Sophomore quarterback Caleb Williams arrived at USC earlier this year with the hope to make it into a winning program. Since then, he not only guided the Trojans into national prominence but made himself a front-runner for the 2022 Heisman Trophy.
“I started to learn about the Heisman probably around 10 or 11, 12 years old and it’s been a goal of mine,” Williams said. “I think I’m the best and that’s one of the trophies that kind of represents that.”
Trojans linebacker Shane Lee noted how Williams’ confidence in his own ability plays a major part in his leadership style and how he gives “all he can to everybody.”
“When [Williams] steps on the field, he knows what he can do,” Lee said. “He makes plays that you don’t see every day and he encourages guys in a way that you don’t see every day as well.”
Williams completed over 70 percent of his passes in five games this season. Against Rice, Williams made a season-high of 86.4 percent in pass completions. He currently has 3712 passing yards for 34 touchdowns. During their 41-28 victory over Stanford, Williams made a season-high 75-yard pass.
The Washington D.C. native also racked up 351 rushing yards and 10 touchdowns with the Trojans. His longest rush was a 55-yard scramble in their 42-43 loss to Utah. Trojans football head coach Lincoln Riley noted that Williams can be athletic and have passing accuracy.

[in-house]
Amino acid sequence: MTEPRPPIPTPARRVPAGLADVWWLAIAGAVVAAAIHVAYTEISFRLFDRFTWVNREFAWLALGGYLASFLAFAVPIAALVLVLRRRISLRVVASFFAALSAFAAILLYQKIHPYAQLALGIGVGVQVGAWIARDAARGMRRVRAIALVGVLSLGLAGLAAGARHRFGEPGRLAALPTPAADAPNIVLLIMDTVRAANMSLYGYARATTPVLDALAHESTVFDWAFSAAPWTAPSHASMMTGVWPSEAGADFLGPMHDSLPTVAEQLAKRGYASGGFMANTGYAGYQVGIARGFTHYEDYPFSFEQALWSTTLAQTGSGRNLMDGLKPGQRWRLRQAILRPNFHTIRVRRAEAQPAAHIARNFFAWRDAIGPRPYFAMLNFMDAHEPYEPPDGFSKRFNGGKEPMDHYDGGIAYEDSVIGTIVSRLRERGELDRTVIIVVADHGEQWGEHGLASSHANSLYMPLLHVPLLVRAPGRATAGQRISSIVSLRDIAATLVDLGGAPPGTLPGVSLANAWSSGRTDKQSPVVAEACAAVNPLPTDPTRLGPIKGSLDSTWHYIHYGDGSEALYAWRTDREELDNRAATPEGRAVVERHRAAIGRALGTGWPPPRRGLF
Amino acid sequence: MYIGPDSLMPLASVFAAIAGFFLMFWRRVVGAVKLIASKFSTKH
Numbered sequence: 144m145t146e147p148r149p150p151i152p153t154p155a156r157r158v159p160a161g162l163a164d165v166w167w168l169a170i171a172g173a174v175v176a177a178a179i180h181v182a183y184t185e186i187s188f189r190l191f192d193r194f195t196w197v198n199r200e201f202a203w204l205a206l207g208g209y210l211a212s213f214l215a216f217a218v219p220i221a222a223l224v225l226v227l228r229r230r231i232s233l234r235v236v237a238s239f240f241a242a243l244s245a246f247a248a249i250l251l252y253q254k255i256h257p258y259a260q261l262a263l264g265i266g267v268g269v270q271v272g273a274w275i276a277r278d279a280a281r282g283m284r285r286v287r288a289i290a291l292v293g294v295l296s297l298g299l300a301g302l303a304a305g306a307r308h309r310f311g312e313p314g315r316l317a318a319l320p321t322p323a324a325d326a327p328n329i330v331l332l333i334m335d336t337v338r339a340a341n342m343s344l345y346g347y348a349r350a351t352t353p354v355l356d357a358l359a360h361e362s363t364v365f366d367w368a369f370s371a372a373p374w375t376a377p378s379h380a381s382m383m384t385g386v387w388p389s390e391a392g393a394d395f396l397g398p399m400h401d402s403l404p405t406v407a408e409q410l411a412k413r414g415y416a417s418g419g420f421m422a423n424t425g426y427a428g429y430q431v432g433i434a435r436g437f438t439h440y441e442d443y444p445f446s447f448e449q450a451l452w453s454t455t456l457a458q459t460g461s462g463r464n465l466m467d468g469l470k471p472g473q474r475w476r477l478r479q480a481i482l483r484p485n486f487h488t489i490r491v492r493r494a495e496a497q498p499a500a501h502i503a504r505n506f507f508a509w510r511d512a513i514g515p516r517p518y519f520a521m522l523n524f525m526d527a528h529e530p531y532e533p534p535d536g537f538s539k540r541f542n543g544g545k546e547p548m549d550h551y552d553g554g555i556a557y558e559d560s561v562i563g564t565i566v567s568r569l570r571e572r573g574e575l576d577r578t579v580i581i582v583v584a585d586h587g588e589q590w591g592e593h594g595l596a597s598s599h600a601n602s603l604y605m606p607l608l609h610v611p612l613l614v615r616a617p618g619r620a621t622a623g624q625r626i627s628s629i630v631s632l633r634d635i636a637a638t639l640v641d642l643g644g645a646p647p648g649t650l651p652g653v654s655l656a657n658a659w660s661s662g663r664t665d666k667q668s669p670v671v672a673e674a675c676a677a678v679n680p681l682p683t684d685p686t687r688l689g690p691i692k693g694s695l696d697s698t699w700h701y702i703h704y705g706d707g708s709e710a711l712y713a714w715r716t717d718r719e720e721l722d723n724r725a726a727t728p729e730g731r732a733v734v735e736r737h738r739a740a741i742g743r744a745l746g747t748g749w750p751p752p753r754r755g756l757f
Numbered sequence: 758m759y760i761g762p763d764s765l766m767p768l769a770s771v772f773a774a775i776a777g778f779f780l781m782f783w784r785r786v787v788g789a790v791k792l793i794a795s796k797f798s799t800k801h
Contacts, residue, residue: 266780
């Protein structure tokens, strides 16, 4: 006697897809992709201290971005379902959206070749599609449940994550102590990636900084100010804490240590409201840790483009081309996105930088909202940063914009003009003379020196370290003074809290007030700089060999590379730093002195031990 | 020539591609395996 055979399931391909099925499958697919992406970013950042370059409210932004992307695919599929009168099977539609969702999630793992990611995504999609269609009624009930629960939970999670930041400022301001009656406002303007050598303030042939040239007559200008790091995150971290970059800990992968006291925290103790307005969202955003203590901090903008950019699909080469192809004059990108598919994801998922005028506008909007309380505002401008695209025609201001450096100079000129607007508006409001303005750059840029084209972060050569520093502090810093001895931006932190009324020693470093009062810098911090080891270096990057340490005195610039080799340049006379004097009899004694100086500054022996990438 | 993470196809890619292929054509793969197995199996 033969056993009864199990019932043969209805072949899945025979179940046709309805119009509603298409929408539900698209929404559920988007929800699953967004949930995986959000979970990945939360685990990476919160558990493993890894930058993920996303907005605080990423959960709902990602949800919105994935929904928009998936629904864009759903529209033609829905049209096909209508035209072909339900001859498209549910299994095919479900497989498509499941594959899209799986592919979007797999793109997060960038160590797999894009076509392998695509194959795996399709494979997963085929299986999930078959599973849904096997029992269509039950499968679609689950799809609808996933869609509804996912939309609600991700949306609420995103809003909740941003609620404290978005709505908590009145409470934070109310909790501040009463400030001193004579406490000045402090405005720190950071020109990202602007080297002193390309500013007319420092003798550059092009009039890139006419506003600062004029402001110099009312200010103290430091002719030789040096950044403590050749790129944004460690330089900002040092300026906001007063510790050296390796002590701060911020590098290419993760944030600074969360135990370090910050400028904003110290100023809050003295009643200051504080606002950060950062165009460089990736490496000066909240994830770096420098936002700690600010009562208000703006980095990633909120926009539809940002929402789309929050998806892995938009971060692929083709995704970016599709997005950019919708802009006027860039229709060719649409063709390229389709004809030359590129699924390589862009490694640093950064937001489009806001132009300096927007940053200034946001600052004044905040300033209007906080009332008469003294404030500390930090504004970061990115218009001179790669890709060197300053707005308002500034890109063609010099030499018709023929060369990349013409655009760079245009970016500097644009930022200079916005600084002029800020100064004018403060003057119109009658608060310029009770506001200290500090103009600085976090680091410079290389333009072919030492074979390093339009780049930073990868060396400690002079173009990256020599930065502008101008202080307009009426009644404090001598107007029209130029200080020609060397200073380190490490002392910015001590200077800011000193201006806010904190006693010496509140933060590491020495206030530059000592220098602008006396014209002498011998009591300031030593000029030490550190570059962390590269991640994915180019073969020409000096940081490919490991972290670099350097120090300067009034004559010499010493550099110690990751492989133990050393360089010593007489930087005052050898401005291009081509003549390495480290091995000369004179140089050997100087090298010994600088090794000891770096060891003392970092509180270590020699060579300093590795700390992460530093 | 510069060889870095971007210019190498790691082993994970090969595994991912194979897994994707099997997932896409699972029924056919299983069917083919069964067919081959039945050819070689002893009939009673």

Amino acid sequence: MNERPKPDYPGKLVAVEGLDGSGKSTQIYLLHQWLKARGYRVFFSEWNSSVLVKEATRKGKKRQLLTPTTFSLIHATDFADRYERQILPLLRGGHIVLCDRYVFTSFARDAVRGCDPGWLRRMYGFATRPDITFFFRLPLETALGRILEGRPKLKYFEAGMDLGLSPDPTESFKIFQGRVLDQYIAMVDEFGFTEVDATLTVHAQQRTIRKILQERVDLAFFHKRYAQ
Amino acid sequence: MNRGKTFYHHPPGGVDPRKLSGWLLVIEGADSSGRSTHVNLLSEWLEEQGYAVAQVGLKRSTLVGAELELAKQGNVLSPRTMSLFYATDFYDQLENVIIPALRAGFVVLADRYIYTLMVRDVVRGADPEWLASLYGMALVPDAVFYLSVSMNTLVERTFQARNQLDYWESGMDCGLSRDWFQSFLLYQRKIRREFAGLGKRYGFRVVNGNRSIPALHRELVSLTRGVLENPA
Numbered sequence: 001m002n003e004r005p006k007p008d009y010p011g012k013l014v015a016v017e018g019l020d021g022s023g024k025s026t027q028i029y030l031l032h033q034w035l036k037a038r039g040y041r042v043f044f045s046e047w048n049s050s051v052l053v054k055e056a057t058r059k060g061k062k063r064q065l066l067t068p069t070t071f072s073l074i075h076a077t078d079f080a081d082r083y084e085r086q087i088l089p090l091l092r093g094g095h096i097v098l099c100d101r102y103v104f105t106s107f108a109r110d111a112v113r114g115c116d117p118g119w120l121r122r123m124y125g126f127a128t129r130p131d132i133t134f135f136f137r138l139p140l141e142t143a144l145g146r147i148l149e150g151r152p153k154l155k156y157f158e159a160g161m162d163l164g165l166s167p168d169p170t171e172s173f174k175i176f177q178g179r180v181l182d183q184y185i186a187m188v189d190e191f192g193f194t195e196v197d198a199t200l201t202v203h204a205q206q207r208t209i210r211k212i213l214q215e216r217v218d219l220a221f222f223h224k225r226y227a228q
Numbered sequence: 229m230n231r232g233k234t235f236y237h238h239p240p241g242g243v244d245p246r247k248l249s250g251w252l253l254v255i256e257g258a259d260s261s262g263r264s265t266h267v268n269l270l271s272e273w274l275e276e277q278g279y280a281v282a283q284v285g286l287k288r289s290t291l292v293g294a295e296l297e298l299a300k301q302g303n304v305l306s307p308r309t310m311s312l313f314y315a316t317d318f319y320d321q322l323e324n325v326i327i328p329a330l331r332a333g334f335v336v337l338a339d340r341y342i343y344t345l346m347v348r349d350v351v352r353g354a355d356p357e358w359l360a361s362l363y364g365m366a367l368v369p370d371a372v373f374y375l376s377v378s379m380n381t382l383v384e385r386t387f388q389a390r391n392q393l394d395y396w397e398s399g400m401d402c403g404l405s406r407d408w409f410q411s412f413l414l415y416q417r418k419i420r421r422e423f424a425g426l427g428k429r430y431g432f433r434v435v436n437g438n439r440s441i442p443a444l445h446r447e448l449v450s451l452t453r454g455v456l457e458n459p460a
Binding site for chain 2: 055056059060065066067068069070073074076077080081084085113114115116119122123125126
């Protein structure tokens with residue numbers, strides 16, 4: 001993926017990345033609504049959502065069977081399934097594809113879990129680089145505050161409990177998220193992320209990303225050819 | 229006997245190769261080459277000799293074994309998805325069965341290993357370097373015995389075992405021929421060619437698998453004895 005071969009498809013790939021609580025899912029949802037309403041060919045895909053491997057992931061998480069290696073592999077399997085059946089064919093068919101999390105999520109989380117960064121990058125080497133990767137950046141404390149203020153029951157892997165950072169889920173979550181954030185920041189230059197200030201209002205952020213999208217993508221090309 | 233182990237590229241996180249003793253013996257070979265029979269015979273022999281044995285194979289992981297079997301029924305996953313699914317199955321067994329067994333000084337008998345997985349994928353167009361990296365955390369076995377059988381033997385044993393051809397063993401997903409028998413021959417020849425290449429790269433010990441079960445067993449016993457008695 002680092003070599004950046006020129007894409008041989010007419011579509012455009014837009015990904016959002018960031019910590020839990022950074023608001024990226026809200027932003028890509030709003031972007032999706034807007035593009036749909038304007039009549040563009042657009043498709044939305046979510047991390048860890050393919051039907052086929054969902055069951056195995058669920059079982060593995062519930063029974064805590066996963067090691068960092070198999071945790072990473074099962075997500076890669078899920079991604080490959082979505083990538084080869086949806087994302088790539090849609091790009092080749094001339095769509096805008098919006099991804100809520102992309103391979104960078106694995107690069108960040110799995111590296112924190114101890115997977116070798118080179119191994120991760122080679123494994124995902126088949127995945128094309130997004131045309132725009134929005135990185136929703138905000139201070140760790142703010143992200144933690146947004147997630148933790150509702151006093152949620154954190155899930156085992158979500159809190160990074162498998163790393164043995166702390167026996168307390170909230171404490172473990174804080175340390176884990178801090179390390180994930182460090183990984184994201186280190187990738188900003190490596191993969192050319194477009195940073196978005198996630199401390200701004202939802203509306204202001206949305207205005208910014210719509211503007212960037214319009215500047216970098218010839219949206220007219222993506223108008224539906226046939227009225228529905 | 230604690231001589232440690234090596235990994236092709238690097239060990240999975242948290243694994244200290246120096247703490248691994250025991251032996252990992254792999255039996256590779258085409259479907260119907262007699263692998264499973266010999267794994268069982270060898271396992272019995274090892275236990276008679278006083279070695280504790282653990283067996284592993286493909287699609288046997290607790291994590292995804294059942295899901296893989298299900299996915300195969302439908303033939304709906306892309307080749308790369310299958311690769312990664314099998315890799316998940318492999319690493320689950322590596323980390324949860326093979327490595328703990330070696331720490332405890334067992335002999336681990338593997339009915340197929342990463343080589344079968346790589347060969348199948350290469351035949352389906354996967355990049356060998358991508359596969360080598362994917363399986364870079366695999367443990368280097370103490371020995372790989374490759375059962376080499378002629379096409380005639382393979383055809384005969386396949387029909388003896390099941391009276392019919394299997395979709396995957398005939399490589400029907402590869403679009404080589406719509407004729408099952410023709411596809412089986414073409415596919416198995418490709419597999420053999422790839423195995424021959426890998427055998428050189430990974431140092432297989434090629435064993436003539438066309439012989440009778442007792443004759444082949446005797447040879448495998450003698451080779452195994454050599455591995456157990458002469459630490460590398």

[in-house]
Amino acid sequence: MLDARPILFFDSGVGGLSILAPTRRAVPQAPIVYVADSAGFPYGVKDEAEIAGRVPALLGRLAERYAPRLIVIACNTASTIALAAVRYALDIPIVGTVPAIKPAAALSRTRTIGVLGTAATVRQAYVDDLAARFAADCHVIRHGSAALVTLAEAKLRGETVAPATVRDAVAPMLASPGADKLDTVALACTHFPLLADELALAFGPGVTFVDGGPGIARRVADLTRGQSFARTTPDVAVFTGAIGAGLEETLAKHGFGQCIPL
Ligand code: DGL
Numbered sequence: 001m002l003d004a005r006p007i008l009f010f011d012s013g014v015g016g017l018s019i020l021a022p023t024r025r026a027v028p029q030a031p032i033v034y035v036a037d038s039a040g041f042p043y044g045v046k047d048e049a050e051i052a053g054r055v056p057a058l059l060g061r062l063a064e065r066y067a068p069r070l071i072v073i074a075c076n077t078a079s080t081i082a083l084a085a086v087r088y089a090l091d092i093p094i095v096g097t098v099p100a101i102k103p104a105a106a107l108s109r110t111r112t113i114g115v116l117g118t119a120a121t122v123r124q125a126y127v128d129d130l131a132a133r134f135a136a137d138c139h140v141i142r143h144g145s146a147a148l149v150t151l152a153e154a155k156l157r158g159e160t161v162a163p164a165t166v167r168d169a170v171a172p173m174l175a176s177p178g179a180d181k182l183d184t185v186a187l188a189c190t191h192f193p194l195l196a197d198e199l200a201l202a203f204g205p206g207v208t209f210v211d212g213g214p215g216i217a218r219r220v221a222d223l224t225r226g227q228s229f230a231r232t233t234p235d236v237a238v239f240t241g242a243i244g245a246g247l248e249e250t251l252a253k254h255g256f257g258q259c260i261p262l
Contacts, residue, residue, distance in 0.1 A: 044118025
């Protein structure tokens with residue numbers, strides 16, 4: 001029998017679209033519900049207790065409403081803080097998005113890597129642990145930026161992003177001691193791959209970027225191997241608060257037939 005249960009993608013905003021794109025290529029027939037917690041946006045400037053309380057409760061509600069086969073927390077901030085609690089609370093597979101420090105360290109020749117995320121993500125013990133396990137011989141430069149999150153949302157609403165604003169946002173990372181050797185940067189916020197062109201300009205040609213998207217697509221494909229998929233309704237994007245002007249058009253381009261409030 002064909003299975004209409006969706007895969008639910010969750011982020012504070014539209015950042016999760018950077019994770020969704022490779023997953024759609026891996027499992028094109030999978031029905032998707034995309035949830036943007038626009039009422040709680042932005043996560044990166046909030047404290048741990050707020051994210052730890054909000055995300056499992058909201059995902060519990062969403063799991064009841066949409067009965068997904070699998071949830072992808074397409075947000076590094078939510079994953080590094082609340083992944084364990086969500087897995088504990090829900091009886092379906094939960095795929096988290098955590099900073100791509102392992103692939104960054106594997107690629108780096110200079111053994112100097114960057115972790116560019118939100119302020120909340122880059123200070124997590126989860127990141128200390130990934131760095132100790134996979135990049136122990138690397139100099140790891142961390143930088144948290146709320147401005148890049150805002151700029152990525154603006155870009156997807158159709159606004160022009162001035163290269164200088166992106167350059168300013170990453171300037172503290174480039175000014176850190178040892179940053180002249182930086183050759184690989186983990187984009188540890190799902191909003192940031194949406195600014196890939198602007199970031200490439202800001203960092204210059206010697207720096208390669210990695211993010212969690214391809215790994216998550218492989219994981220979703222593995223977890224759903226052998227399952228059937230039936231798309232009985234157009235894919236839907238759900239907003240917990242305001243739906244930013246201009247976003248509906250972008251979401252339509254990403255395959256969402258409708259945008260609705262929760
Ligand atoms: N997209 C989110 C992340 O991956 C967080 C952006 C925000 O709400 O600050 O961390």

“He played in a major university under a lot of scrutiny, played some big games and big moments,” Riley said. “He’s a guy that can get in any scenario, any room, feel comfortable, get along with people, be very present, has a great way with people.”
During the spring and summer, he and his teammates worked hard, resulting in an 11-1 overall record and an 8-1 Pac-12 record with a chance at being in the College Football Playoffs.
Outside of academics and athletics, Williams empowers youth through his foundation: Caleb Cares. Earlier this year, Williams invited students from Audubon Middle School to the USC campus to talk about his experiences with bullying. The event was created in collaboration with LAUSD and USC Athletics.
“As a kid, you get bullied and that can change your life if you don’t have people around you,” Williams said. “It can impact you very deeply in the future.”
Williams also collaborated with the Seize the Awkward Campaign and was featured in a PSA video about the importance of talking about mental health.